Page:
Growing focus on preventative care services and nutrition will strengthen demands
New York, NY (PRWEB) September 30, 2014
As the United States has experienced a crisis in health over the past decade, with a critical obesity problem, skyrocketing levels of diabetes, heart disease and other chronic diseases, demand for the Nutritionists and Dietitians industry has increased and will continue to rise significantly. According to IBISWorld Industry Analyst Dmitry Diment, “Wellness maintenance and disease prevention have become some of the buzzwords circulating among people who are becoming increasingly concerned about what they eat and how it affects their health.” In addition, major multinational food companies are adopting public health priorities and hiring nutritionists and dietitians to identify food safety risks and include nutritional control points. As a result of these trends, IBISWorld estimates that industry revenue has grown significantly over the past five years.
However, because many view nutrition counseling as a luxury expense, demand for services is subject to changes in per capita disposable income and health coverage. As the economy went into the recession, unemployment rates skyrocketed and disposable income levels plummeted, resulting in fewer physician visits, which can lead to referrals to a dietitian or nutritionist. Consequently, industry revenue growth slowed through 2010. However, the economic recovery has since boosted demand for industry services. In 2014, revenue is expected to robustly increase with the establishment of health insurance exchanges and subsidization of insurance premiums under the Patient Protection and Affordable Care Act, which will help an estimated nine million people obtain private health insurance during the year.
The Nutritionists and Dietitians industry is characterized by its large number of small-scale establishments that service relatively narrow, geographically dispersed markets. Its four largest players account for a small minority of industry revenue. The fragmented structure of this industry is evident in the total number of private firms and independent wellness centers. Additionally, many participants employ fewer than five people. The larger-scale players in this industry are multi-establishment firms that operate across many regional markets and typically maintain permanent operations in each location.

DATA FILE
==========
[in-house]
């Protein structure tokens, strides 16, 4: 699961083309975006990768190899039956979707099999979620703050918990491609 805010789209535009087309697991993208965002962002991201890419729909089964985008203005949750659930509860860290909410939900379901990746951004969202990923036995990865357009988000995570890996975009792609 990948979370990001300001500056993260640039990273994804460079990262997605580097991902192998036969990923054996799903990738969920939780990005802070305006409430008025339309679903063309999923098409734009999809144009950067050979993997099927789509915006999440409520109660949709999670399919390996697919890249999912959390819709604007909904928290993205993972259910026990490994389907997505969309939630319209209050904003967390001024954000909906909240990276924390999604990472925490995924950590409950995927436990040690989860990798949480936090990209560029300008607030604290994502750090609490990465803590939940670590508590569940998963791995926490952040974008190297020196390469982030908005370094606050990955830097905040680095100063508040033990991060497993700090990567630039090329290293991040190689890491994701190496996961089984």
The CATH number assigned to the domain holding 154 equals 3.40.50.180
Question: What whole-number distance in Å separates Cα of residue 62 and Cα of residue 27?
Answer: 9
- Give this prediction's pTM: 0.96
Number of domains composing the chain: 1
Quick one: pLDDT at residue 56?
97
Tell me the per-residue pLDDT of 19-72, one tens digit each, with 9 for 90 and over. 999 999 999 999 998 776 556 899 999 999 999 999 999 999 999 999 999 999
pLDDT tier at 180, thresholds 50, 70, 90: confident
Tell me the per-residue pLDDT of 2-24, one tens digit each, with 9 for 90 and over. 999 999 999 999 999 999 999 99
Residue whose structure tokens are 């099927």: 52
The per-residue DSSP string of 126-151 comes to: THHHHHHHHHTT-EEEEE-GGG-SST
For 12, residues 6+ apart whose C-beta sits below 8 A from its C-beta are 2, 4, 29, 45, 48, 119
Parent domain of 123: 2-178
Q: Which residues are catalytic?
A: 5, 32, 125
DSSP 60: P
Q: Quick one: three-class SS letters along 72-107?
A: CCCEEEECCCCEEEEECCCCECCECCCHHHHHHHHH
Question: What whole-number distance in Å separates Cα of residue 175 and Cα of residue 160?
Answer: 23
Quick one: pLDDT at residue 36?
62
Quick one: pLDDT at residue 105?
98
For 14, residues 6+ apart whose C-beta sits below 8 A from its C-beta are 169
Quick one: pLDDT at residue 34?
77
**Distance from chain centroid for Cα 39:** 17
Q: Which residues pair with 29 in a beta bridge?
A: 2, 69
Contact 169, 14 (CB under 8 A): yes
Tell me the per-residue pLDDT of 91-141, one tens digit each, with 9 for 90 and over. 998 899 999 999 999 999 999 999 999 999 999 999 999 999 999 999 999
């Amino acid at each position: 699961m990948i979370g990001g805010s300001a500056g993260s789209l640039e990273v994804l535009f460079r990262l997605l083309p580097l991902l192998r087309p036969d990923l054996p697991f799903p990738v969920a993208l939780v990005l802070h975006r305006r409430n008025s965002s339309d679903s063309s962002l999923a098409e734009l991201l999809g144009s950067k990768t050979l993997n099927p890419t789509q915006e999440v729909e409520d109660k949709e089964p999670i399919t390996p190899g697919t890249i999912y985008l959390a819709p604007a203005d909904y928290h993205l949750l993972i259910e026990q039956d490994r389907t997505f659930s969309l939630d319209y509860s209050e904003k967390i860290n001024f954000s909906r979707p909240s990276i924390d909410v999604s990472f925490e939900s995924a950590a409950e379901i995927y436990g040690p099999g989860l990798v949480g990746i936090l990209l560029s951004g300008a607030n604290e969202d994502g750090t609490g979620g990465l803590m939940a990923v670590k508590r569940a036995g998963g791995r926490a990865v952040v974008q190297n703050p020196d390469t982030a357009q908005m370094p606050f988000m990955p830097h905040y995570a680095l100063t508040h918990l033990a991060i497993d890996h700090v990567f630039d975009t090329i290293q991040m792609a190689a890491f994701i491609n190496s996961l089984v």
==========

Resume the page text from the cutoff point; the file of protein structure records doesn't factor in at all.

The industry has a positive outlook given increasing emphasis on prevention through improved dietary habits. “Demand for industry services will further be spurred by a growing and aging population that increases demand for meals and nutrition counseling in nursing homes, schools, prisons, community health programs and home healthcare agencies,” says Diment. Growing focus on preventative care services and public interest in nutrition will also underpin demand. Higher income levels, higher education and aging trends will drive demand for quality and diversity over quantity. Industry operators will further benefit from healthcare reform that is expected to provide coverage to an estimated 32.0 million of previously uninsured people. During the five years to 2019, IBISWorld estimates industry revenue to grow markedly.
For more information, visit IBISWorld’s Nutritionists & Dietitians in the US industry report page.
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IBISWorld industry Report Key Topics
This industry includes establishments of health practitioners who have a bachelor's degree, licensure, certification or registration in, and primarily advise on, matters of diet and nutrition and their effects on health. These practitioners operate private or group practices in their own offices or in the facilities of others, including hospitals or other medical centers.
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